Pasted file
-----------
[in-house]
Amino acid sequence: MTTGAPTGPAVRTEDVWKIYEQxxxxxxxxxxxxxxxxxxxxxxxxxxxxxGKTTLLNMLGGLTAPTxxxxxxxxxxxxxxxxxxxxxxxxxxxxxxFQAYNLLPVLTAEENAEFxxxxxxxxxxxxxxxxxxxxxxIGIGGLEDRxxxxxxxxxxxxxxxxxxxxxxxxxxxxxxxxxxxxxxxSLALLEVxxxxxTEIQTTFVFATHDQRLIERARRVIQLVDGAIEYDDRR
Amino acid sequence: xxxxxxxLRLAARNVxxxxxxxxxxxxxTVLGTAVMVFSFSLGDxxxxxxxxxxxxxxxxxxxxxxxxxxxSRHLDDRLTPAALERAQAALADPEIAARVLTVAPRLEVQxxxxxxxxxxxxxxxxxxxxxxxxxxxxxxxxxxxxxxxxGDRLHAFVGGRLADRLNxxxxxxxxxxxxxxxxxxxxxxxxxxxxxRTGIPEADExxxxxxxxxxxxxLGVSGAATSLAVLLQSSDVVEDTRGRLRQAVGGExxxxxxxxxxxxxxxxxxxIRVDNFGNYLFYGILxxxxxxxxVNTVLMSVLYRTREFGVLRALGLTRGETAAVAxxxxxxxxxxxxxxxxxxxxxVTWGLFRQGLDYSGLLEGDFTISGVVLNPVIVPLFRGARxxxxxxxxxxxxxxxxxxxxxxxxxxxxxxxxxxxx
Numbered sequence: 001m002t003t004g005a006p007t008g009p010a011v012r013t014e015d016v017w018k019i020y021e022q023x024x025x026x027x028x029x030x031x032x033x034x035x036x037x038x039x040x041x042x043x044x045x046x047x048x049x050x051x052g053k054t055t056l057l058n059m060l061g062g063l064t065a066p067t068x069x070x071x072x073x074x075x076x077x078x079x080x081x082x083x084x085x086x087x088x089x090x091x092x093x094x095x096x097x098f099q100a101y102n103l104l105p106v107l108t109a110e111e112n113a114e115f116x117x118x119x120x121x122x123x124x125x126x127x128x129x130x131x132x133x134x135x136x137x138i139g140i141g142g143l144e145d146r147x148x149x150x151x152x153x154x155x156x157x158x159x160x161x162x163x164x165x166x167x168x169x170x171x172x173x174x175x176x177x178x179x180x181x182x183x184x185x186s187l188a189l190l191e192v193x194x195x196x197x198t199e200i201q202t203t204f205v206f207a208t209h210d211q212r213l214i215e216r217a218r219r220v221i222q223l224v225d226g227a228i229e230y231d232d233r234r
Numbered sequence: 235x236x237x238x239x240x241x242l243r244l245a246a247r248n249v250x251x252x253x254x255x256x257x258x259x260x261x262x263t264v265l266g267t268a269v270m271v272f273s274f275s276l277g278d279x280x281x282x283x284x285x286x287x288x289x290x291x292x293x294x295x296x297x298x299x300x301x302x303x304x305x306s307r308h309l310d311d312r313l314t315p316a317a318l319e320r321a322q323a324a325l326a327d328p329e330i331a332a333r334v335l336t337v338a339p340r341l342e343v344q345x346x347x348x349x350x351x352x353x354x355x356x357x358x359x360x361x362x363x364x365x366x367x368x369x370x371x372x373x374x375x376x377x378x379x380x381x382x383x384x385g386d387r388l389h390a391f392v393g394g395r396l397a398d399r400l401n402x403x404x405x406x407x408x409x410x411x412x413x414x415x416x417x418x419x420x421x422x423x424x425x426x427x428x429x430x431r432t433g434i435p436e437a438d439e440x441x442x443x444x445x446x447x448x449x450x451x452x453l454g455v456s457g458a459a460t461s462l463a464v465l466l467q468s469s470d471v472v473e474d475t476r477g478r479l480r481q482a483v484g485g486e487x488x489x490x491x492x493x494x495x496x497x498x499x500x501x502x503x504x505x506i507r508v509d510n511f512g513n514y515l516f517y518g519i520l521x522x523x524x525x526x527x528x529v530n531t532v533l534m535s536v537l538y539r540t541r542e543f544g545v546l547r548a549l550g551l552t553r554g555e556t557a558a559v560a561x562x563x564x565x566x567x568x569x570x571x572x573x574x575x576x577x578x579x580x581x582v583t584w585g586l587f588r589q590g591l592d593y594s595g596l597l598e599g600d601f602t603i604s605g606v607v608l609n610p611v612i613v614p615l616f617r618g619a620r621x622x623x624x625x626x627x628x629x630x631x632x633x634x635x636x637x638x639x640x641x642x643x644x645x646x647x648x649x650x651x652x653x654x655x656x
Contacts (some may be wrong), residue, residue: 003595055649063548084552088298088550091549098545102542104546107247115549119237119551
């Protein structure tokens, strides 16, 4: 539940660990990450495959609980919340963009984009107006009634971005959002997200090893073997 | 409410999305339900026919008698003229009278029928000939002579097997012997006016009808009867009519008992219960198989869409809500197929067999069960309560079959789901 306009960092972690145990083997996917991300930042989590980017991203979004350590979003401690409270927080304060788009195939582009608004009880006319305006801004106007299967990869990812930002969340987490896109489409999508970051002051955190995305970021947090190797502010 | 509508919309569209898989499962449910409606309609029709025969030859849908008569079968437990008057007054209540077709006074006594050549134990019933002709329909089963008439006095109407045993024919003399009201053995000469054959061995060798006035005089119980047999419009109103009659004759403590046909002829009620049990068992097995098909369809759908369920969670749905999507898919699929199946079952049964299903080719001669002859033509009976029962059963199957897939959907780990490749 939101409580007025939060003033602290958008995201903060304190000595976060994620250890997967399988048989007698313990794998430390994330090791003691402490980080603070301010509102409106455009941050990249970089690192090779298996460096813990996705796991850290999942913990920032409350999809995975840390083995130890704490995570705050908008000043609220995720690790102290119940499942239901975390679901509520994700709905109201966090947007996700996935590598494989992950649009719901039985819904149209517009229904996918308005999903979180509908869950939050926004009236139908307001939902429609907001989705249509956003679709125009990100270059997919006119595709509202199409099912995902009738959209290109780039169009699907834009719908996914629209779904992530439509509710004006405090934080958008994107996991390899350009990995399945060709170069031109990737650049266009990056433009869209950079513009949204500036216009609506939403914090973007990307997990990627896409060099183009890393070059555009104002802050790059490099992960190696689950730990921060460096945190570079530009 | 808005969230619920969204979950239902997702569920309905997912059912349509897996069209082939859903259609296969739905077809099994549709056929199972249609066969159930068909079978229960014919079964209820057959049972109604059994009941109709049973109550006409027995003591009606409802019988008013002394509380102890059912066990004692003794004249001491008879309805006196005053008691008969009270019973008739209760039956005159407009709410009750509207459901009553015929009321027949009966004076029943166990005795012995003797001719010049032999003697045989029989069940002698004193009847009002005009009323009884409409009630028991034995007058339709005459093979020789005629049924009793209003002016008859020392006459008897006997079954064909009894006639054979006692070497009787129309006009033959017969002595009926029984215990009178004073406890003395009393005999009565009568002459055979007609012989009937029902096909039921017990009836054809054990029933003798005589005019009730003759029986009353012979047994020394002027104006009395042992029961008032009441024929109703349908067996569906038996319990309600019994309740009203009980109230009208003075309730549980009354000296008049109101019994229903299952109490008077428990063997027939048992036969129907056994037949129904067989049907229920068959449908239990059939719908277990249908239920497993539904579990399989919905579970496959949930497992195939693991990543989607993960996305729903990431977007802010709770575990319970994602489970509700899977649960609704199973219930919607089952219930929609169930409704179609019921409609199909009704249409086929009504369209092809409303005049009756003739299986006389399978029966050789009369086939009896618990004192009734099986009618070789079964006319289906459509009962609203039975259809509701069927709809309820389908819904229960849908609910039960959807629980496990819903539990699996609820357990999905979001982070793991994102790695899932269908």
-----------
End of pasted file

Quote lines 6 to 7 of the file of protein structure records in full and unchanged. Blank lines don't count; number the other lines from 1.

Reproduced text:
Contacts (some may be wrong), residue, residue: 003595055649063548084552088298088550091549098545102542104546107247115549119237119551
């Protein structure tokens, strides 16, 4: 539940660990990450495959609980919340963009984009107006009634971005959002997200090893073997 | 409410999305339900026919008698003229009278029928000939002579097997012997006016009808009867009519008992219960198989869409809500197929067999069960309560079959789901 306009960092972690145990083997996917991300930042989590980017991203979004350590979003401690409270927080304060788009195939582009608004009880006319305006801004106007299967990869990812930002969340987490896109489409999508970051002051955190995305970021947090190797502010 | 509508919309569209898989499962449910409606309609029709025969030859849908008569079968437990008057007054209540077709006074006594050549134990019933002709329909089963008439006095109407045993024919003399009201053995000469054959061995060798006035005089119980047999419009109103009659004759403590046909002829009620049990068992097995098909369809759908369920969670749905999507898919699929199946079952049964299903080719001669002859033509009976029962059963199957897939959907780990490749 939101409580007025939060003033602290958008995201903060304190000595976060994620250890997967399988048989007698313990794998430390994330090791003691402490980080603070301010509102409106455009941050990249970089690192090779298996460096813990996705796991850290999942913990920032409350999809995975840390083995130890704490995570705050908008000043609220995720690790102290119940499942239901975390679901509520994700709905109201966090947007996700996935590598494989992950649009719901039985819904149209517009229904996918308005999903979180509908869950939050926004009236139908307001939902429609907001989705249509956003679709125009990100270059997919006119595709509202199409099912995902009738959209290109780039169009699907834009719908996914629209779904992530439509509710004006405090934080958008994107996991390899350009990995399945060709170069031109990737650049266009990056433009869209950079513009949204500036216009609506939403914090973007990307997990990627896409060099183009890393070059555009104002802050790059490099992960190696689950730990921060460096945190570079530009 | 808005969230619920969204979950239902997702569920309905997912059912349509897996069209082939859903259609296969739905077809099994549709056929199972249609066969159930068909079978229960014919079964209820057959049972109604059994009941109709049973109550006409027995003591009606409802019988008013002394509380102890059912066990004692003794004249001491008879309805006196005053008691008969009270019973008739209760039956005159407009709410009750509207459901009553015929009321027949009966004076029943166990005795012995003797001719010049032999003697045989029989069940002698004193009847009002005009009323009884409409009630028991034995007058339709005459093979020789005629049924009793209003002016008859020392006459008897006997079954064909009894006639054979006692070497009787129309006009033959017969002595009926029984215990009178004073406890003395009393005999009565009568002459055979007609012989009937029902096909039921017990009836054809054990029933003798005589005019009730003759029986009353012979047994020394002027104006009395042992029961008032009441024929109703349908067996569906038996319990309600019994309740009203009980109230009208003075309730549980009354000296008049109101019994229903299952109490008077428990063997027939048992036969129907056994037949129904067989049907229920068959449908239990059939719908277990249908239920497993539904579990399989919905579970496959949930497992195939693991990543989607993960996305729903990431977007802010709770575990319970994602489970509700899977649960609704199973219930919607089952219930929609169930409704179609019921409609199909009704249409086929009504369209092809409303005049009756003739299986006389399978029966050789009369086939009896618990004192009734099986009618070789079964006319289906459509009962609203039975259809509701069927709809309820389908819904229960849908609910039960959807629980496990819903539990699996609820357990999905979001982070793991994102790695899932269908």